Thx

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On 5/13/2021 at 4:01 PM, bernhard said:

Does anybody reading this know how to make VSCode recognize $this->wire() calls? Maybe I'm just missing a setting in Intelephense or maybe we are just missing some typehints in the core where PHPStorm is clever enough to work while VSCode is not?

It's not really about being clever: the core ships with a metadata file (wire/core/.phpstorm.meta.php) that makes PHPStorm aware of the inner workings of the wire() method. PHPDoc comments only state that the wire() method may return a number of different objects, so there's little that the editor can figure out from that alone.

VSCode doesn't (AFAIK) have anything similar to this, but depending on the plugins you use this may be possible — with some caveats. 

I use PHP Intelephense, and while it does actually read PHPStorm metadata, it doesn't seem to support reading it from subdirectories: https://github.com/bmewburn/vscode-intelephense/issues/1384. At the moment I don't have any idea how to get this to work, except of course for duplicating the metadata file to your project's root directory.

(Or finding a plugin that supports this feature 🙂)

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Thx @teppo that helped a lot already

3 hours ago, teppo said:

At the moment I don't have any idea how to get this to work, except of course for duplicating the metadata file to your project's root directory.

Did you try that? It does not have any effect at all for me... The only way I got that working is changing the return hints of the wire() method in wire.php

// from this
@return ProcessWire|Wire|Session|Page|Pages|Modules|User|Users|Roles|Permissions|Templates|Fields|Fieldtypes|Sanitizer|Config|Notices|WireDatabasePDO|WireHooks|WireDateTime|WireFileTools|WireMailTools|WireInput|string|mixed
// to that
@return ProcessWire |mixed

But that is really ugly and incorrect of course.

@ryan do you have any ideas what ProcessWire could do about that "problem"? Or would it be better to ask the Intelephense developer for help to support multiple return types in the @return hint? Maybe it should just return the first listed class by default or maybe it should list all listed classes and all derived methods? I've created an issue to ask at Intelephense as well: https://github.com/bmewburn/vscode-intelephense/issues/1800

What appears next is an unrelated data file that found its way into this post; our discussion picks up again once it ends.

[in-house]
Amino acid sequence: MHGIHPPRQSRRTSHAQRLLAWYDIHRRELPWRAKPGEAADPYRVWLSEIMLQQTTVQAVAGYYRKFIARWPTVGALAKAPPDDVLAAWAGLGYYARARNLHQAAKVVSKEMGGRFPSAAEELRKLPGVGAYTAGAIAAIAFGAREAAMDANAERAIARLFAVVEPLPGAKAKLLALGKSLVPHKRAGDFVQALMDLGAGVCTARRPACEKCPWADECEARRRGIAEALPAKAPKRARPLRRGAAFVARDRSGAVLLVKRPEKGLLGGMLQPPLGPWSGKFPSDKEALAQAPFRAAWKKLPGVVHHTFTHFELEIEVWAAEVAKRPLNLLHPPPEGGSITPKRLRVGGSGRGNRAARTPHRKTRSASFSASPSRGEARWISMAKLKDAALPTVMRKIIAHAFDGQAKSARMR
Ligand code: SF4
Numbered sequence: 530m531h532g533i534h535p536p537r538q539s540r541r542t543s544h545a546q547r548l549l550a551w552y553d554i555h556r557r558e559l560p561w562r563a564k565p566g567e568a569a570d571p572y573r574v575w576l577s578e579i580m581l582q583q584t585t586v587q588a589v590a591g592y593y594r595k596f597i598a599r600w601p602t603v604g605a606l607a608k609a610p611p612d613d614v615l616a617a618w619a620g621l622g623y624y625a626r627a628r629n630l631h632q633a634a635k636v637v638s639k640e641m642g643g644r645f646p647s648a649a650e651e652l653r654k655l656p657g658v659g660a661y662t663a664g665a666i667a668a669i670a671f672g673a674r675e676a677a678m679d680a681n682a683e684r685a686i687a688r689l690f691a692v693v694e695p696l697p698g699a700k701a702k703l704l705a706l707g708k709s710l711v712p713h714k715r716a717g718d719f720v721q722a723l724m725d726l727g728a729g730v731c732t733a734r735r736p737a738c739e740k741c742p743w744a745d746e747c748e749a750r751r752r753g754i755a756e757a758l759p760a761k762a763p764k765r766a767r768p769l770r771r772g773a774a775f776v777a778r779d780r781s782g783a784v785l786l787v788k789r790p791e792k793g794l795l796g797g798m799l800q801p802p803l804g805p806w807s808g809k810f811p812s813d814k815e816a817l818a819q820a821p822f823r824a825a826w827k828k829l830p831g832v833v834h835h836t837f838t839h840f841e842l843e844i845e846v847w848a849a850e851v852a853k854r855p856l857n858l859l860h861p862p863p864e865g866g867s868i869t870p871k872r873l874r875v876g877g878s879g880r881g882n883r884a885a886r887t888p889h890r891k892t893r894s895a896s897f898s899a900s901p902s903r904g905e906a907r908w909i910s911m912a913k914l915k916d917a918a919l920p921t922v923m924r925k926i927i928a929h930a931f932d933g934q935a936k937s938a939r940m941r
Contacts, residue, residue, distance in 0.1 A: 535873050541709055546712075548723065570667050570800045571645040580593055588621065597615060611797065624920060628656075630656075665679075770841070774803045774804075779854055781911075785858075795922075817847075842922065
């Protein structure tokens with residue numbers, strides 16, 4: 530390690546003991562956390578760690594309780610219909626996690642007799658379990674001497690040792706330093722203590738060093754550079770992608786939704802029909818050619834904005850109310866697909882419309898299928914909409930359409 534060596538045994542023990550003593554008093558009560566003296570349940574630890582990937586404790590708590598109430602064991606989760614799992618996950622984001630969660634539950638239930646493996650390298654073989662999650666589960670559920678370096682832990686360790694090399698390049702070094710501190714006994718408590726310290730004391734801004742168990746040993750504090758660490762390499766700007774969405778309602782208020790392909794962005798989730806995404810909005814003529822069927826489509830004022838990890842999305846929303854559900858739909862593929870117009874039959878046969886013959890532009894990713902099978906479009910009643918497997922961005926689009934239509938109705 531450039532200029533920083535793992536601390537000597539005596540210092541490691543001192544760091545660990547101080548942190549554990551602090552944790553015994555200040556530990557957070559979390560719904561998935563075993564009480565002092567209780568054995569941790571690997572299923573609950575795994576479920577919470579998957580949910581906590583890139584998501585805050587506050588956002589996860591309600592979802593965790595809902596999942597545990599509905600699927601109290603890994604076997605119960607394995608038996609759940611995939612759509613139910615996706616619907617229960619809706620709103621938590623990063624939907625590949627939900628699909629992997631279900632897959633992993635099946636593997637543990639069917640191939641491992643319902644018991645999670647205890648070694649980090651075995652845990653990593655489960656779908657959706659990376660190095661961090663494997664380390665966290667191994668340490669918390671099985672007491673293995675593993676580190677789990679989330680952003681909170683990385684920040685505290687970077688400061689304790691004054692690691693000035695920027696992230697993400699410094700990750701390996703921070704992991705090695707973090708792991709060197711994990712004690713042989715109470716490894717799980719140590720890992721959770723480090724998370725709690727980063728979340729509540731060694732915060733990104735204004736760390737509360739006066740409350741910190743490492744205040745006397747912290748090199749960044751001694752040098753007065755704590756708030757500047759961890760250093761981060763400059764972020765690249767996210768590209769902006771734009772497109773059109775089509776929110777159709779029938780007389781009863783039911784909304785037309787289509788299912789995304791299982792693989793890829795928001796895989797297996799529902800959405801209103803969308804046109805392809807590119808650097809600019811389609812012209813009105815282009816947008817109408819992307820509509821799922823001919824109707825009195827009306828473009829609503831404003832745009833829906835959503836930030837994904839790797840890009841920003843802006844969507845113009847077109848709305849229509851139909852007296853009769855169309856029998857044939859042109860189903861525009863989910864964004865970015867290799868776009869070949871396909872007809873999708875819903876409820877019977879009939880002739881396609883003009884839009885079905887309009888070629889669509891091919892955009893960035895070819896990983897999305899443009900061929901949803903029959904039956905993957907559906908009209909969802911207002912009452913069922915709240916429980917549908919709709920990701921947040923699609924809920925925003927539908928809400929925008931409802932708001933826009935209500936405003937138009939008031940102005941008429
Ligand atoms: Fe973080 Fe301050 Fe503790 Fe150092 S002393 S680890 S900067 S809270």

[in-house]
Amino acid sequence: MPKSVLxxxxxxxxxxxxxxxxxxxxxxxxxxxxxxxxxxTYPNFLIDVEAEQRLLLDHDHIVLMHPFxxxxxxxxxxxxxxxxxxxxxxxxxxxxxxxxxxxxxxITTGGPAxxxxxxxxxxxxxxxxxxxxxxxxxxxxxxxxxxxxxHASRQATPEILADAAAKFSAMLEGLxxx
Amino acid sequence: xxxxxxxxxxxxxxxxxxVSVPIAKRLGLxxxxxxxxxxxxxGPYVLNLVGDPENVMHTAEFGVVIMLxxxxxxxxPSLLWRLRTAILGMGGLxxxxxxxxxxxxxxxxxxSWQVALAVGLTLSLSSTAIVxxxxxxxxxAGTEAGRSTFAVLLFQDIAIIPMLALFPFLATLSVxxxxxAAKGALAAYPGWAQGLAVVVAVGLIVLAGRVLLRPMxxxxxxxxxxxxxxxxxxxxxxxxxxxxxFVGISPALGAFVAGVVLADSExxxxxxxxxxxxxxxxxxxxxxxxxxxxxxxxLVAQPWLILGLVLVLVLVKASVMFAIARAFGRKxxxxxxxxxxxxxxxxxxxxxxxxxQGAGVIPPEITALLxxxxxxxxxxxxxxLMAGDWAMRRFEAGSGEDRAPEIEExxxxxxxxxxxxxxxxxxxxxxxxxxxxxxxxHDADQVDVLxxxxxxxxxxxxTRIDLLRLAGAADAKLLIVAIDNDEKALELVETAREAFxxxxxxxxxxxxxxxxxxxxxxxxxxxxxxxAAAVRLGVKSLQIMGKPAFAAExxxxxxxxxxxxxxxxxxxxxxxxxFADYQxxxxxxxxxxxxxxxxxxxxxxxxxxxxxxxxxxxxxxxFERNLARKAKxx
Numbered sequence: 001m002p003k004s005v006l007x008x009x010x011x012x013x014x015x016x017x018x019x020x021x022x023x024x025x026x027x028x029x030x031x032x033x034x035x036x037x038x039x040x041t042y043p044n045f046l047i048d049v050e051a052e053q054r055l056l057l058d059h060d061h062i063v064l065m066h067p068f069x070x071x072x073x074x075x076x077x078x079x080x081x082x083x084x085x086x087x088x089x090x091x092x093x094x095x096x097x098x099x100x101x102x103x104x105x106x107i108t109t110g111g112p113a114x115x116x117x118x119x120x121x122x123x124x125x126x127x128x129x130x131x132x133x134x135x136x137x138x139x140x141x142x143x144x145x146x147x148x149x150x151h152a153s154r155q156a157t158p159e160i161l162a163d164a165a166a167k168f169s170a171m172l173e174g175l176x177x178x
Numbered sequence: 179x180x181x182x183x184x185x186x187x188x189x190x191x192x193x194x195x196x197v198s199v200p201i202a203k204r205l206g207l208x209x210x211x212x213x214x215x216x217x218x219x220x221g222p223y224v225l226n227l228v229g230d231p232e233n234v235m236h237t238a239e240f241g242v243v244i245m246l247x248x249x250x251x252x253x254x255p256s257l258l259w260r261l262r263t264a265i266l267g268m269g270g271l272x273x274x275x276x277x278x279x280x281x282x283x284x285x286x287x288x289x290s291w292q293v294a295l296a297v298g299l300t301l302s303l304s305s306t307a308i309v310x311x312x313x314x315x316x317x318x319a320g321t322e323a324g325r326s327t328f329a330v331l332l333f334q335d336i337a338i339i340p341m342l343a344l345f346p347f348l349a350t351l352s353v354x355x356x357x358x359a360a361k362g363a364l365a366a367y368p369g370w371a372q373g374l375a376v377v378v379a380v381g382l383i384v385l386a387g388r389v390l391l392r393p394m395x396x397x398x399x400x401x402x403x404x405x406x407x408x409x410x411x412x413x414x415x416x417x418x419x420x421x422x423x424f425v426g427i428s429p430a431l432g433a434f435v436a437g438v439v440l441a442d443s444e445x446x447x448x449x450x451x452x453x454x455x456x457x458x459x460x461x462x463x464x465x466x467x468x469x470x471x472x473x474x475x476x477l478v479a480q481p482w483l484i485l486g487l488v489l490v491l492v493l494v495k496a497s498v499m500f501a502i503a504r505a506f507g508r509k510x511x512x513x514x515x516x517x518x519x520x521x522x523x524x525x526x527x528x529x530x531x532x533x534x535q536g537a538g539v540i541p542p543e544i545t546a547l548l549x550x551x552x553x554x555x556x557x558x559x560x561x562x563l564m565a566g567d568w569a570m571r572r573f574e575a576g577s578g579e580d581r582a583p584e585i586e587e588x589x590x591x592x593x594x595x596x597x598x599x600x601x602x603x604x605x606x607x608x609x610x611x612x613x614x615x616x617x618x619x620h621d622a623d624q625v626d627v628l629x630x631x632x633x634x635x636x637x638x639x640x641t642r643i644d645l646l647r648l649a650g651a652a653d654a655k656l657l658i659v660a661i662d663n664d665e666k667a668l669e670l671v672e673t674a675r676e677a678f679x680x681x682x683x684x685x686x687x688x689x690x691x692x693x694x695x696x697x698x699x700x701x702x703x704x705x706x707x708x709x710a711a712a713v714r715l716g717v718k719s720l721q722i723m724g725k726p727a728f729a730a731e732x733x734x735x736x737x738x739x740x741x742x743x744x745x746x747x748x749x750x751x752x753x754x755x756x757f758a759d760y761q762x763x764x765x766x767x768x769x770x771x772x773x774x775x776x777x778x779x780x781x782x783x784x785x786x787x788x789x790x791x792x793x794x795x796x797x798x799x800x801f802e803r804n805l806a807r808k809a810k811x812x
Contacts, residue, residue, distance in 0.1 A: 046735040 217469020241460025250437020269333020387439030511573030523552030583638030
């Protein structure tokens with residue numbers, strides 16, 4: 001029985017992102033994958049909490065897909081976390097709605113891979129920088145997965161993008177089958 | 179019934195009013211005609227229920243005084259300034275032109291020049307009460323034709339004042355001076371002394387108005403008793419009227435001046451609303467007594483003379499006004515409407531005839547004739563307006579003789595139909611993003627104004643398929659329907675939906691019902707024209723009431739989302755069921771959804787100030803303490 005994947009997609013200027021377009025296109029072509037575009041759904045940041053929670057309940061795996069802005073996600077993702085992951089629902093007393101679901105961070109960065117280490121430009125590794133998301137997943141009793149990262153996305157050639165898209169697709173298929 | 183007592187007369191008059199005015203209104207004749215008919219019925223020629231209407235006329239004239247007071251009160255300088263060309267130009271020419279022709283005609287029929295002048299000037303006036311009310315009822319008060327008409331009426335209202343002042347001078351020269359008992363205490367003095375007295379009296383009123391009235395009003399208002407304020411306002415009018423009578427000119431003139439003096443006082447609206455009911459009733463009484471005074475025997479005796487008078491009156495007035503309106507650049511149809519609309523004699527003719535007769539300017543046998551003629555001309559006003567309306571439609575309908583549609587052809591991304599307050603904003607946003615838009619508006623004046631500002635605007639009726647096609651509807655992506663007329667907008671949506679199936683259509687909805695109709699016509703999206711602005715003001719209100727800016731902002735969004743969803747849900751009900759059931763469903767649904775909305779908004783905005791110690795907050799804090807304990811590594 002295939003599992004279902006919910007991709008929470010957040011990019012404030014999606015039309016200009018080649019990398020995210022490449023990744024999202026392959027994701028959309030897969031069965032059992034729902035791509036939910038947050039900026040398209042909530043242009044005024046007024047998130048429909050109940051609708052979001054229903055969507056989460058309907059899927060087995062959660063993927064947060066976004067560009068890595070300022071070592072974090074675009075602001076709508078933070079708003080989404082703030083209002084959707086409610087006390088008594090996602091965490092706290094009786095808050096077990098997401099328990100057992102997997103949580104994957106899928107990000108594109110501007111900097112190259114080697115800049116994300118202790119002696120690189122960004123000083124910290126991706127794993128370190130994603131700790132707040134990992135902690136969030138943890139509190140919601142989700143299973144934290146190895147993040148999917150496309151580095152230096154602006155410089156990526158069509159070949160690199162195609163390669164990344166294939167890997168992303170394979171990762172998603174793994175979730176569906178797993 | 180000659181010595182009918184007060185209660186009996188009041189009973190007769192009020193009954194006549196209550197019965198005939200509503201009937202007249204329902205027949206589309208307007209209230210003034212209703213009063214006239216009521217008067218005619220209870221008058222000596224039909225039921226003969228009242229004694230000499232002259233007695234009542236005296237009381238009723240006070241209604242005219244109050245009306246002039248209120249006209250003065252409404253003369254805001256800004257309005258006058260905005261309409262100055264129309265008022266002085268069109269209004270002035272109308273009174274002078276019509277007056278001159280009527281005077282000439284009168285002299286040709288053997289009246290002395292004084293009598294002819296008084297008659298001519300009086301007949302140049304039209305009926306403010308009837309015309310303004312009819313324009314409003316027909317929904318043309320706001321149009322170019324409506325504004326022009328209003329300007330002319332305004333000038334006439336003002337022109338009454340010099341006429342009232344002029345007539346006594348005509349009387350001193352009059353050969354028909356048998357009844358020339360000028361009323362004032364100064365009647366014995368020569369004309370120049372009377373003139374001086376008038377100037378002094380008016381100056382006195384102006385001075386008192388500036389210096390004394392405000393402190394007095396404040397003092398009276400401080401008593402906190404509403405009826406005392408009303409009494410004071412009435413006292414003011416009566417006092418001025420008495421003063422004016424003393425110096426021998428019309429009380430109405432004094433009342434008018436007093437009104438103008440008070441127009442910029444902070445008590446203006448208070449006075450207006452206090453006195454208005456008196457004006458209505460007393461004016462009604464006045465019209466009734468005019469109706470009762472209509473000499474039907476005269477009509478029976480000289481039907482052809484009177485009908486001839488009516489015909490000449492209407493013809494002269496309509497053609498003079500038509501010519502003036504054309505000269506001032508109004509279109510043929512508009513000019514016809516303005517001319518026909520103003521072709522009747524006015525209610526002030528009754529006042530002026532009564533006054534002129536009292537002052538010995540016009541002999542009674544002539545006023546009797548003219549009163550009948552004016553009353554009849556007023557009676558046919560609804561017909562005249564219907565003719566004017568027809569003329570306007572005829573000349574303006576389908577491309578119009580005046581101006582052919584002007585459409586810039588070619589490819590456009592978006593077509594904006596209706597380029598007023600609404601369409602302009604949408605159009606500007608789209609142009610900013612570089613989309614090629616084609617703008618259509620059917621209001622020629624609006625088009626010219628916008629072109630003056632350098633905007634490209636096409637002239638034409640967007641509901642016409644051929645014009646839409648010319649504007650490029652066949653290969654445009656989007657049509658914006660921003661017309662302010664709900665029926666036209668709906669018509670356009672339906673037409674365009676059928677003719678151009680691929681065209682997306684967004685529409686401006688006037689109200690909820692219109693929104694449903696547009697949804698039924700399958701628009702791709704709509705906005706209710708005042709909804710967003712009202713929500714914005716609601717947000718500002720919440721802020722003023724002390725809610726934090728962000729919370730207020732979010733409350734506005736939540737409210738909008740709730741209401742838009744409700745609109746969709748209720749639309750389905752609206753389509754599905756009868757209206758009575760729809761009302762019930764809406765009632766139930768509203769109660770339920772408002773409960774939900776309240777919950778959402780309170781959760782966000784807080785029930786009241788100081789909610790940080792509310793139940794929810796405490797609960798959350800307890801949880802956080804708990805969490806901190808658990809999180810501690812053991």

The wire property already returns the ProcessWire class correctly. But if wire() is used as the new standard I'd prefer to make that work on my setup and start using it in my own modules as well.

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On 5/13/2021 at 2:48 PM, ryan said:

The other reason is that $this->wire()->apivar (wire method) is the most efficient access to an API var because it has the fewest hops. Accessing $this->wire->apivar or $this->apivar first goes to $this->__get('apivar') and then $this->wire()->apivar. So $this->wire()->apivar is more direct (one less hop). In reality it probably doesn't matter much though.

What about $this->wire('apivar') in regards to hops?

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@bernhard

Quote

But if wire() is used as the new standard I'd prefer to make that work on my setup and start using it in my own modules as well.

There isn't really a standard, just a lot of options to find which suits you best. For most modules, just simply doing $this->pages, etc., is likely the simplest route to take. The core has some cases where fuel is turned off, which is rare with modules. But for the core I use $this->wire()->pages; or $this->wire('pages'); because it's one thing that's going to work consistently in all core classes since there will always be a wire() method on all Wire derived classes. If you are using $this->wire->pages that is fine, but just note that $this->wire hits __get(), then returns ProcessWire instance, then does it again to get to the pages part. So if it also works with your IDE, then just $this->pages would likely be preferable to $this->wire->pages. In the end, it's kind of micro optimization so I would use whatever you prefer. 

@matjazp

Quote

What about $this->wire('apivar') in regards to hops?

I think this is going to be the same as $this->wire()->apivar in that regard. The only reason I don't use the string argument so much anymore is because phpstorm seems to understand exactly what's being accessed with wire()->apivar but not wire('apivar'). Plus, it'll know if you've mistyped an API var name so long as it's not in a string.